Success Story

Game-Changing Research Finds New Class of Stem Cells, Could Help Treat Diseases from Cancer to Diabetes

A global team led by Mount Sinai’s Dr. Andras Nagy has discovered a new class of stem cells that could help to treat a myriad of degenerative diseases. This four-year project will profoundly affect future research, world-wide, in stem cells, cancer, fetal development and regenerative medicine.

It doesn’t get much bigger than this. Research spanning four continents and spearheaded by Dr. Andras Nagy at Mount Sinai Hospital’s Lunenfeld-Tanenbaum Research Institute has culminated in a detailed molecular map of major stages in the transformation of specialized cells, such as skin cells, into stem cells.

This research also led to a game-changing discovery: a new stem cell type, previously dismissed as “junk,” that’s easier to grow than others. It could help to treat and cure currently incurable and frequently devastating diseases such as blindness, Parkinson’s, Alzheimer’s, spinal cord injury, stroke, diabetes, blood and kidney diseases and many others that are associated with tissue damage and cell loss.

This massive, four-year project, nicknamed “Project Grandiose,” involved close to 50 researchers in Canada, The Netherlands, South Korea and Australia. Its ramifications extend into many different areas of research, including stem cells, cancer, fetal development and regenerative medicine.

Mount Sinai
Team at Mount Sinai Hospital’s Lunenfeld-Tanenbaum Research Institute (left-to-right): Drs. Peter Tonge, Ian Rogers, Samer Hussein, Andras Nagy and Mira Puri. Photograph courtesy of Mount Sinai.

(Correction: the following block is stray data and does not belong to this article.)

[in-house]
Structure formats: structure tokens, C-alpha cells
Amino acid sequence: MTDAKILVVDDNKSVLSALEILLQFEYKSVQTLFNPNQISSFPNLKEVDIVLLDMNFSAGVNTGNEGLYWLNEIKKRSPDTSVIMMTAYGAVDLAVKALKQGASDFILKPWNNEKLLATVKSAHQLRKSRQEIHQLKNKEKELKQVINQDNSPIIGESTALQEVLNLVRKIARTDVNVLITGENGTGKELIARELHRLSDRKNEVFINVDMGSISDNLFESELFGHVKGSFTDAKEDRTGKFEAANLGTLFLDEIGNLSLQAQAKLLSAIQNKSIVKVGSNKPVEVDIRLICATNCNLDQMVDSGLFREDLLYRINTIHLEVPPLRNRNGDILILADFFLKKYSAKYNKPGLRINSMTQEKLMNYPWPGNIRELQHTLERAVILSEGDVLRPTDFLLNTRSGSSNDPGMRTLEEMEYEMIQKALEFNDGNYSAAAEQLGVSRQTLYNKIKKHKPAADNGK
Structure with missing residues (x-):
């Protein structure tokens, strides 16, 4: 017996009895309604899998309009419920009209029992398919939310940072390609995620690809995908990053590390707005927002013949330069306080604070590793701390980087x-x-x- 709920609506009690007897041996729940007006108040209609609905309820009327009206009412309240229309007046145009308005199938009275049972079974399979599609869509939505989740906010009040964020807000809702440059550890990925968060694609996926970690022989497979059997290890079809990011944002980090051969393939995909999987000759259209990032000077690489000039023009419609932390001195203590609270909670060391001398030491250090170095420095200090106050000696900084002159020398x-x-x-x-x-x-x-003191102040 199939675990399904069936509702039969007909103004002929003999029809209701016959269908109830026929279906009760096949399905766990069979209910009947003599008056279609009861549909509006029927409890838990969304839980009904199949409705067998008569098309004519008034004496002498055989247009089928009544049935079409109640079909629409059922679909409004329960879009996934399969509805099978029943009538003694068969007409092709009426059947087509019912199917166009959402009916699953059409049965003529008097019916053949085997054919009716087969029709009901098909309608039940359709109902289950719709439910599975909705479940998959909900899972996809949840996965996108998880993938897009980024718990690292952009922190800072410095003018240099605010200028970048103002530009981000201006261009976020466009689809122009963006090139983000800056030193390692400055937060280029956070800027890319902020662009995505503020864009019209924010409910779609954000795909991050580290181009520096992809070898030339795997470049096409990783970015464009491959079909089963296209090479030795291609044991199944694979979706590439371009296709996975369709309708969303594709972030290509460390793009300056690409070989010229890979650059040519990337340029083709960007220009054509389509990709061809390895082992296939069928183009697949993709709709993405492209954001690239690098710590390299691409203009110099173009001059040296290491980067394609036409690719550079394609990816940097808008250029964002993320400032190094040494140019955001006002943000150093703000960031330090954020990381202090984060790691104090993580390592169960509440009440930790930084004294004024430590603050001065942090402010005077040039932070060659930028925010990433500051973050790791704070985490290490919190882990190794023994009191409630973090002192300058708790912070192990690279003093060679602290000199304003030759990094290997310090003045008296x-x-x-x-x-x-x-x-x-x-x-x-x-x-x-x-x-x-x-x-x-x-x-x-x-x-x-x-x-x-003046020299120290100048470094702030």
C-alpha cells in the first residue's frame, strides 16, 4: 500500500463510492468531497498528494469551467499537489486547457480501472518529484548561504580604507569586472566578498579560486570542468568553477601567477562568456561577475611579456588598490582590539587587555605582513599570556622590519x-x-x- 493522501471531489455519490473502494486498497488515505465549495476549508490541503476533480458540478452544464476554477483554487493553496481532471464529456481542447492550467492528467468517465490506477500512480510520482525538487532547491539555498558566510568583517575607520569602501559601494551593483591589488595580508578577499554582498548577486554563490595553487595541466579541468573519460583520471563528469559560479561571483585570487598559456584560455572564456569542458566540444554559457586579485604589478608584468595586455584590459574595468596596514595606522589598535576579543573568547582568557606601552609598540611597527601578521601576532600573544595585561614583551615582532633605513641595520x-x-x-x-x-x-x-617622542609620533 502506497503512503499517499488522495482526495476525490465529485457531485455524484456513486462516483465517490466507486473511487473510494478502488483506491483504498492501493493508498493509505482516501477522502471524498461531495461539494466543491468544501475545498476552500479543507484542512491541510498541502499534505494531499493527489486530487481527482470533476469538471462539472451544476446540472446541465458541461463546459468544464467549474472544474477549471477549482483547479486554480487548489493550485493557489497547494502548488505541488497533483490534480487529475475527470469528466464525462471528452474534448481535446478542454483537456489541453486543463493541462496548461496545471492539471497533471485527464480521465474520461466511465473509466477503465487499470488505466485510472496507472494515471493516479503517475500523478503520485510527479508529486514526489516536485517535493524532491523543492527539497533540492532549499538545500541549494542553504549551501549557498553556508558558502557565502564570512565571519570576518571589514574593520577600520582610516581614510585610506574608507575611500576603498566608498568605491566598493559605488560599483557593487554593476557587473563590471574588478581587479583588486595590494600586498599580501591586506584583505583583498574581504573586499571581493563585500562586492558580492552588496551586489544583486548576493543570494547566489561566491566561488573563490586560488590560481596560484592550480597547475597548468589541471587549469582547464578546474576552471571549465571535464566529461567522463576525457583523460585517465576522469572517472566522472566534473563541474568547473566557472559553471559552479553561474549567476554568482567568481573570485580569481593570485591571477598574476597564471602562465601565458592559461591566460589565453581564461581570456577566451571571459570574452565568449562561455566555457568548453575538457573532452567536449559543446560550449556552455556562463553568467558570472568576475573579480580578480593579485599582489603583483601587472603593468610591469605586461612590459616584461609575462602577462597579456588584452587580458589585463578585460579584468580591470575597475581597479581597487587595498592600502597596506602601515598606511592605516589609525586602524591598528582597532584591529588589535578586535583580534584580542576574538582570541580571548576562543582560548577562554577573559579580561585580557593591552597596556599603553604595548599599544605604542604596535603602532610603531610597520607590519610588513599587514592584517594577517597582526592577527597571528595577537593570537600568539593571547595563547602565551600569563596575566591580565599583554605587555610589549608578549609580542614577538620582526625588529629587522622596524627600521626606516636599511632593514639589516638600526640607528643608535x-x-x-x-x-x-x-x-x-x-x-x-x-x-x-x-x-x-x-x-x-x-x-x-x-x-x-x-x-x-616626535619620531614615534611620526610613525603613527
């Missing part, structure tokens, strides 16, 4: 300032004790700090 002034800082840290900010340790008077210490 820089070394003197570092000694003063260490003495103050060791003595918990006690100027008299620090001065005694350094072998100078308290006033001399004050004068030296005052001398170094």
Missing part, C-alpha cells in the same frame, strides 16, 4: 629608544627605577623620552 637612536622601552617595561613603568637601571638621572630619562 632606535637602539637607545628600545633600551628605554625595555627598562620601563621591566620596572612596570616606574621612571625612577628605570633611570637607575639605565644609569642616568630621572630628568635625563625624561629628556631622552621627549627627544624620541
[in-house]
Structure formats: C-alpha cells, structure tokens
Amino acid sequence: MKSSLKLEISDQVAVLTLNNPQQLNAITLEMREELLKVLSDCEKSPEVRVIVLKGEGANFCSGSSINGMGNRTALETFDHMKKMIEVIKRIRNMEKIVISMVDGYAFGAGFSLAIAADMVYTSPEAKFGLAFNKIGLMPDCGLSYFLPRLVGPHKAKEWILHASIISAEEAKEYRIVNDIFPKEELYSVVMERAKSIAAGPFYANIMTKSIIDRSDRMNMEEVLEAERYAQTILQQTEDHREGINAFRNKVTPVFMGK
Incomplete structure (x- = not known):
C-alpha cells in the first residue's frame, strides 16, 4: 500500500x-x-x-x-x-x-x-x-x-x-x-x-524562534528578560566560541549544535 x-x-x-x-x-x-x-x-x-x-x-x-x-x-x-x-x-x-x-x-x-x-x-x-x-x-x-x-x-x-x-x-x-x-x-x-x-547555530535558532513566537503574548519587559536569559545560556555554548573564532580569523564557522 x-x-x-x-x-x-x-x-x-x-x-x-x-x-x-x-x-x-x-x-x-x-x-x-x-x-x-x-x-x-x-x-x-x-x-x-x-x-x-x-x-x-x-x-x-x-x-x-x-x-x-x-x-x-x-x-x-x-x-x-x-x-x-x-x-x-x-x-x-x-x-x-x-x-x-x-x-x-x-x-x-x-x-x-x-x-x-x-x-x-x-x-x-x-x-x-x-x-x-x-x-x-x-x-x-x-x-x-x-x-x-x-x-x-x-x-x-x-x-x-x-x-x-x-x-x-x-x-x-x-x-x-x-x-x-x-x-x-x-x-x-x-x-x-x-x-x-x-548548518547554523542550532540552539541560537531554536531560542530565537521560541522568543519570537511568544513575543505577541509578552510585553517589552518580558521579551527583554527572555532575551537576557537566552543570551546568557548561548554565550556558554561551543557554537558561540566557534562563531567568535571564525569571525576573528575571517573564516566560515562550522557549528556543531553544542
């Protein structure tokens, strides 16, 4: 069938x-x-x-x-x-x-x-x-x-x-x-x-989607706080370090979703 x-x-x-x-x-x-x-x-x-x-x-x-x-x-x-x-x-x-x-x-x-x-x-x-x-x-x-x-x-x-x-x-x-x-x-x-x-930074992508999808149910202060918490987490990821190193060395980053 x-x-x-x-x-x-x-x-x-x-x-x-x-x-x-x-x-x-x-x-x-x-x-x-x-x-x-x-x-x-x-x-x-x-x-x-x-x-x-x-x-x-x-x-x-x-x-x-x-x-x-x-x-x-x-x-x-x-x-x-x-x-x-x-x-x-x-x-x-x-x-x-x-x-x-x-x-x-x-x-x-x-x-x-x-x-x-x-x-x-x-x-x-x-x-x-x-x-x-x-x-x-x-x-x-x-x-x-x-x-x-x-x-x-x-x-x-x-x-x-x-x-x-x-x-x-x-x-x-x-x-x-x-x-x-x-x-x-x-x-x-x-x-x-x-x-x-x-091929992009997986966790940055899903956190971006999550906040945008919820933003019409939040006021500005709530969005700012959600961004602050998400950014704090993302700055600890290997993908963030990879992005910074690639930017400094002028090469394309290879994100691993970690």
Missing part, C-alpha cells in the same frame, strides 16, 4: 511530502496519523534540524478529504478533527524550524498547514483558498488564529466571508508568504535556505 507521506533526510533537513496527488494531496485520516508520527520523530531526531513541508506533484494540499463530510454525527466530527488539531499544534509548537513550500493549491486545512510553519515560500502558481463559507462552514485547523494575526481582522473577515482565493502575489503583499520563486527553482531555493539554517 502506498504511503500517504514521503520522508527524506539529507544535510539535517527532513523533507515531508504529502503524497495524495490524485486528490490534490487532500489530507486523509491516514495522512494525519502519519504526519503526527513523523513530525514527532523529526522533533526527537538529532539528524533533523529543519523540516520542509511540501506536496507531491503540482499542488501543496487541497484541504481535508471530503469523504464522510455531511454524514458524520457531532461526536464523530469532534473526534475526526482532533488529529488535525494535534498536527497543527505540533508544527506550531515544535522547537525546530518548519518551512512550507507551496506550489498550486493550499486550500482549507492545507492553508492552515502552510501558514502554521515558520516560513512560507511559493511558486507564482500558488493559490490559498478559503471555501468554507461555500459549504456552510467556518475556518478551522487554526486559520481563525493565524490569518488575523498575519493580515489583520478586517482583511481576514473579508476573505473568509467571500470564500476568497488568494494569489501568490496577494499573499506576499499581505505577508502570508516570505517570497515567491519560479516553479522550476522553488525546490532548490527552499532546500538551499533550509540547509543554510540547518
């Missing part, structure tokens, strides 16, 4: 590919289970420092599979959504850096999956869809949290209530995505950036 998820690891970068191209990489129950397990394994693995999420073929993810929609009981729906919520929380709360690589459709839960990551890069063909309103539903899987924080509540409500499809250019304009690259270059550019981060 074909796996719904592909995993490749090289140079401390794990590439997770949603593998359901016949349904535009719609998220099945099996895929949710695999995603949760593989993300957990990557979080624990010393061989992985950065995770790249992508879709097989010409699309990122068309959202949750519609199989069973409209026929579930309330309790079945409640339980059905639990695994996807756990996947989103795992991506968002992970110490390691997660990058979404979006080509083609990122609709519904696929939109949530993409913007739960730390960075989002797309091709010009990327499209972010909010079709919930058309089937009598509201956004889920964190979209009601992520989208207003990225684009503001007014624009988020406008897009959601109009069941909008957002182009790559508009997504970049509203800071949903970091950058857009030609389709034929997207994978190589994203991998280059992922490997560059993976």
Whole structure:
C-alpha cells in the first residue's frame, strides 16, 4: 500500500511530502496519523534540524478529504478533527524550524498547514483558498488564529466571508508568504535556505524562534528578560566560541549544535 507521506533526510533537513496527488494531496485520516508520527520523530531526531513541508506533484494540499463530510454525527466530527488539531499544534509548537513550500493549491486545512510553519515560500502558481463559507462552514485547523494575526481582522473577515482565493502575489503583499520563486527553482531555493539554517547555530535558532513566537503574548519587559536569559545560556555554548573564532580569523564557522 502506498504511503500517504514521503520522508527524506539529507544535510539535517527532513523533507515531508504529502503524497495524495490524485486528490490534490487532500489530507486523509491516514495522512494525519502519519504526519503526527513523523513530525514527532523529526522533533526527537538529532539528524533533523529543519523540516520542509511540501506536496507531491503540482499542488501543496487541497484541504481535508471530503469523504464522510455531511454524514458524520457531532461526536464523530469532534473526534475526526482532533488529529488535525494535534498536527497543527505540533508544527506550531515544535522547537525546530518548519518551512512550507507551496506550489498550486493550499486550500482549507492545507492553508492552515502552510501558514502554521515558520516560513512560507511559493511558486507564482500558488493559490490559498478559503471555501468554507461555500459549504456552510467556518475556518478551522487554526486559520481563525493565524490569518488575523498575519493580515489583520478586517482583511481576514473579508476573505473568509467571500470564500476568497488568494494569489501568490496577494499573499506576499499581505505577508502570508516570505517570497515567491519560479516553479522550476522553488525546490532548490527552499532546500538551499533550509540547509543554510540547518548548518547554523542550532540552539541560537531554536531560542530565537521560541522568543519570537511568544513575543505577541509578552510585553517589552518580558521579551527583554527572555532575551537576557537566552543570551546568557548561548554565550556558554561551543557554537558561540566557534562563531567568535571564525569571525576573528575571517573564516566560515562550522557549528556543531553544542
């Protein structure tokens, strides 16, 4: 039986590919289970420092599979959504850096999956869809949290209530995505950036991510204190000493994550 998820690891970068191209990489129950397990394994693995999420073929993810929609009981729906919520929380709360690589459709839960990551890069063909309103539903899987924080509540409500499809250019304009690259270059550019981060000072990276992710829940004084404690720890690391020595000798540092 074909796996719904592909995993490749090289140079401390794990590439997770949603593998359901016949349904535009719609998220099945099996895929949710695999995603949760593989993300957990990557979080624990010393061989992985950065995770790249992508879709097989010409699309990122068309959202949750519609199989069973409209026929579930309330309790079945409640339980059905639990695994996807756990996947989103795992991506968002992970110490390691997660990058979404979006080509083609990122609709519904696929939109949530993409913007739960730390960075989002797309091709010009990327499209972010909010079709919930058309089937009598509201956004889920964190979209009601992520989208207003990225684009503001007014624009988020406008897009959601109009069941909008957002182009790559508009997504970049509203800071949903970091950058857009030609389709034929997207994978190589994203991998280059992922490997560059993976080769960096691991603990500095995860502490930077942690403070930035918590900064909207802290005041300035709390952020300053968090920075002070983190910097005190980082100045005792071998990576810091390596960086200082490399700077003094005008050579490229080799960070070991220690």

Even the way in which this news burst on to the global research scene was dramatic and unprecedented: No less than five articles were concurrently published on December 11, 2014 in the highly respected journals Nature and Nature Communications.

Dr Andras Nagy
Dr. Andras Nagy, Mount Sinai Hospital’s Lunenfeld-Tanenbaum Research Institute. Photograph courtesy of Mount Sinai.

“We are incredibly proud of Dr. Nagy’s leadership of this extraordinary team. [This work] reinforces how strategic investment in the best scientific research can truly transform our understanding and lead to new therapeutic possibilities,” says Dr. Jim Woodgett, Director, Lunenfeld-Tanenbaum Research Institute.

The Honourable Dr. Eric Hoskins, Ontario’s Minister of Health and Long-Term Care, present at the announcement on December 10, 2014, concurred: “This is a fine example of the groundbreaking research that takes place here in Ontario. Stem cell research was pioneered here in the province, and I am proud that we continue to make world-class breakthroughs in this life-saving area of research.”

The Honourable Reza Moridi, Ontario’s Minister of Research and Innovation, underscored the implications of this work: “This discovery has the potential to lead to improved disease treatments not only for millions of Ontarians, but people worldwide, and demonstrates Ontario’s ongoing leadership in the field of stem cell research.”